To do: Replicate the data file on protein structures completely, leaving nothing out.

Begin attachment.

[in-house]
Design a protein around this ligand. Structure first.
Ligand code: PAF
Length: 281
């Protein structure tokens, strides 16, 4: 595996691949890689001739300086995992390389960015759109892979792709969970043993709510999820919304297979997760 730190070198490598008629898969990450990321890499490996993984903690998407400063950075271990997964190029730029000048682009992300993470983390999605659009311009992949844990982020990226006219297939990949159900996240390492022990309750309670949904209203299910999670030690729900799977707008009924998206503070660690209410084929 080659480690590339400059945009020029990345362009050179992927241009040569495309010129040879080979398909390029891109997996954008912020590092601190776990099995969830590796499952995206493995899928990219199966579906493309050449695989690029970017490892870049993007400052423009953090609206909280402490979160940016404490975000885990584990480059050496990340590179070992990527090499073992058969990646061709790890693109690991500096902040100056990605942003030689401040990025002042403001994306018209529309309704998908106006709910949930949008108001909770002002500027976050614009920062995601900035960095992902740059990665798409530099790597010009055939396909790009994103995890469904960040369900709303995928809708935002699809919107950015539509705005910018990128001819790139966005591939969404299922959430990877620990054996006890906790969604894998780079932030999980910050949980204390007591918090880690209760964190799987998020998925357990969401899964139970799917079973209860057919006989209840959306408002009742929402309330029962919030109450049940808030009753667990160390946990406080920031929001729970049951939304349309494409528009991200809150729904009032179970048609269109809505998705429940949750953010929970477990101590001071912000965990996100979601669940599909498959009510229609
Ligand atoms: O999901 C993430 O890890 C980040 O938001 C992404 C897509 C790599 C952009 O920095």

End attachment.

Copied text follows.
[in-house]
Design a protein around this ligand. Structure first.
Ligand code: PAF
Length: 281
């Protein structure tokens, strides 16, 4: 595996691949890689001739300086995992390389960015759109892979792709969970043993709510999820919304297979997760 730190070198490598008629898969990450990321890499490996993984903690998407400063950075271990997964190029730029000048682009992300993470983390999605659009311009992949844990982020990226006219297939990949159900996240390492022990309750309670949904209203299910999670030690729900799977707008009924998206503070660690209410084929 080659480690590339400059945009020029990345362009050179992927241009040569495309010129040879080979398909390029891109997996954008912020590092601190776990099995969830590796499952995206493995899928990219199966579906493309050449695989690029970017490892870049993007400052423009953090609206909280402490979160940016404490975000885990584990480059050496990340590179070992990527090499073992058969990646061709790890693109690991500096902040100056990605942003030689401040990025002042403001994306018209529309309704998908106006709910949930949008108001909770002002500027976050614009920062995601900035960095992902740059990665798409530099790597010009055939396909790009994103995890469904960040369900709303995928809708935002699809919107950015539509705005910018990128001819790139966005591939969404299922959430990877620990054996006890906790969604894998780079932030999980910050949980204390007591918090880690209760964190799987998020998925357990969401899964139970799917079973209860057919006989209840959306408002009742929402309330029962919030109450049940808030009753667990160390946990406080920031929001729970049951939304349309494409528009991200809150729904009032179970048609269109809505998705429940949750953010929970477990101590001071912000965990996100979601669940599909498959009510229609
Ligand atoms: O999901 C993430 O890890 C980040 O938001 C992404 C897509 C790599 C952009 O920095």